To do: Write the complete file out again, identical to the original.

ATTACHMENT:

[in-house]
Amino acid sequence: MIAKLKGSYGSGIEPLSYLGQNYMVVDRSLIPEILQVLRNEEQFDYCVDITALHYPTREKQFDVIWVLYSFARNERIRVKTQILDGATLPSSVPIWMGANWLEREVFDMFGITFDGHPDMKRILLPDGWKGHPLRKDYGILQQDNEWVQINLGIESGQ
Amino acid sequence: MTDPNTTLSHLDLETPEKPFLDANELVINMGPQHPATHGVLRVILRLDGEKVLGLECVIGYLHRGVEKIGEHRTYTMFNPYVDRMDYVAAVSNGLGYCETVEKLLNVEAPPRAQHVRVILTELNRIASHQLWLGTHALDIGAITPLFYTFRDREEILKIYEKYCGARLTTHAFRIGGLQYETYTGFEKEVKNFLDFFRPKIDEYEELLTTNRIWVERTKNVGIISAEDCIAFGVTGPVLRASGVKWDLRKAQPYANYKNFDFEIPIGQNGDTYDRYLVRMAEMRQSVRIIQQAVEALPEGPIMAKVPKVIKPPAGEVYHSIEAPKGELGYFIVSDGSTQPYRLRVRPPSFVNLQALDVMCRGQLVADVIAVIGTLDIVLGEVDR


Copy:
[in-house]
Amino acid sequence: MIAKLKGSYGSGIEPLSYLGQNYMVVDRSLIPEILQVLRNEEQFDYCVDITALHYPTREKQFDVIWVLYSFARNERIRVKTQILDGATLPSSVPIWMGANWLEREVFDMFGITFDGHPDMKRILLPDGWKGHPLRKDYGILQQDNEWVQINLGIESGQ
Amino acid sequence: MTDPNTTLSHLDLETPEKPFLDANELVINMGPQHPATHGVLRVILRLDGEKVLGLECVIGYLHRGVEKIGEHRTYTMFNPYVDRMDYVAAVSNGLGYCETVEKLLNVEAPPRAQHVRVILTELNRIASHQLWLGTHALDIGAITPLFYTFRDREEILKIYEKYCGARLTTHAFRIGGLQYETYTGFEKEVKNFLDFFRPKIDEYEELLTTNRIWVERTKNVGIISAEDCIAFGVTGPVLRASGVKWDLRKAQPYANYKNFDFEIPIGQNGDTYDRYLVRMAEMRQSVRIIQQAVEALPEGPIMAKVPKVIKPPAGEVYHSIEAPKGELGYFIVSDGSTQPYRLRVRPPSFVNLQALDVMCRGQLVADVIAVIGTLDIVLGEVDR